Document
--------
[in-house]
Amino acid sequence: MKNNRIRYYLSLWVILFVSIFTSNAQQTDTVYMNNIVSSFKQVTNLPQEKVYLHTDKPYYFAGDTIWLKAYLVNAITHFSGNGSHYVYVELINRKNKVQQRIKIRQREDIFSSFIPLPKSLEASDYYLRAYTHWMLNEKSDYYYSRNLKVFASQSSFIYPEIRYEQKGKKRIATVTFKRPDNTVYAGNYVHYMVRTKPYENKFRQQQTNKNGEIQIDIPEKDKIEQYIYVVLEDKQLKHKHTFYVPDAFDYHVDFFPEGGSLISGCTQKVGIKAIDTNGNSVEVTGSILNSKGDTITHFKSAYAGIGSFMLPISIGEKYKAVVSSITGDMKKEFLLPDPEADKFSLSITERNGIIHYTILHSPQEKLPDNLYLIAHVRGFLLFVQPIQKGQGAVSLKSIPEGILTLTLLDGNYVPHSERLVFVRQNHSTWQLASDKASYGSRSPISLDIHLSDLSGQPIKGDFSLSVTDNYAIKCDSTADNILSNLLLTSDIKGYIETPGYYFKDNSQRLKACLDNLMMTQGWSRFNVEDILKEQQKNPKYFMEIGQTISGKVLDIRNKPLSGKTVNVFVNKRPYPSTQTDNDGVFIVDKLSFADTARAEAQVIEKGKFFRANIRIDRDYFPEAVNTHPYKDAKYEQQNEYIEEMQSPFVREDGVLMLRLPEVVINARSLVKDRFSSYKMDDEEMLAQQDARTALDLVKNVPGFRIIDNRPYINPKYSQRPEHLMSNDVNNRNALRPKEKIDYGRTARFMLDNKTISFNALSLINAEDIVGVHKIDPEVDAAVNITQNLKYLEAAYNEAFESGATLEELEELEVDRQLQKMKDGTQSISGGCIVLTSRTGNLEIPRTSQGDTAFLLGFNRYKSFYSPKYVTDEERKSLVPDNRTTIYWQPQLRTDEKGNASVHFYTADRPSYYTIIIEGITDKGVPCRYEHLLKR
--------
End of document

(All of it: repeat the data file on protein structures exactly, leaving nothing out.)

[in-house]
Amino acid sequence: MKNNRIRYYLSLWVILFVSIFTSNAQQTDTVYMNNIVSSFKQVTNLPQEKVYLHTDKPYYFAGDTIWLKAYLVNAITHFSGNGSHYVYVELINRKNKVQQRIKIRQREDIFSSFIPLPKSLEASDYYLRAYTHWMLNEKSDYYYSRNLKVFASQSSFIYPEIRYEQKGKKRIATVTFKRPDNTVYAGNYVHYMVRTKPYENKFRQQQTNKNGEIQIDIPEKDKIEQYIYVVLEDKQLKHKHTFYVPDAFDYHVDFFPEGGSLISGCTQKVGIKAIDTNGNSVEVTGSILNSKGDTITHFKSAYAGIGSFMLPISIGEKYKAVVSSITGDMKKEFLLPDPEADKFSLSITERNGIIHYTILHSPQEKLPDNLYLIAHVRGFLLFVQPIQKGQGAVSLKSIPEGILTLTLLDGNYVPHSERLVFVRQNHSTWQLASDKASYGSRSPISLDIHLSDLSGQPIKGDFSLSVTDNYAIKCDSTADNILSNLLLTSDIKGYIETPGYYFKDNSQRLKACLDNLMMTQGWSRFNVEDILKEQQKNPKYFMEIGQTISGKVLDIRNKPLSGKTVNVFVNKRPYPSTQTDNDGVFIVDKLSFADTARAEAQVIEKGKFFRANIRIDRDYFPEAVNTHPYKDAKYEQQNEYIEEMQSPFVREDGVLMLRLPEVVINARSLVKDRFSSYKMDDEEMLAQQDARTALDLVKNVPGFRIIDNRPYINPKYSQRPEHLMSNDVNNRNALRPKEKIDYGRTARFMLDNKTISFNALSLINAEDIVGVHKIDPEVDAAVNITQNLKYLEAAYNEAFESGATLEELEELEVDRQLQKMKDGTQSISGGCIVLTSRTGNLEIPRTSQGDTAFLLGFNRYKSFYSPKYVTDEERKSLVPDNRTTIYWQPQLRTDEKGNASVHFYTADRPSYYTIIIEGITDKGVPCRYEHLLKR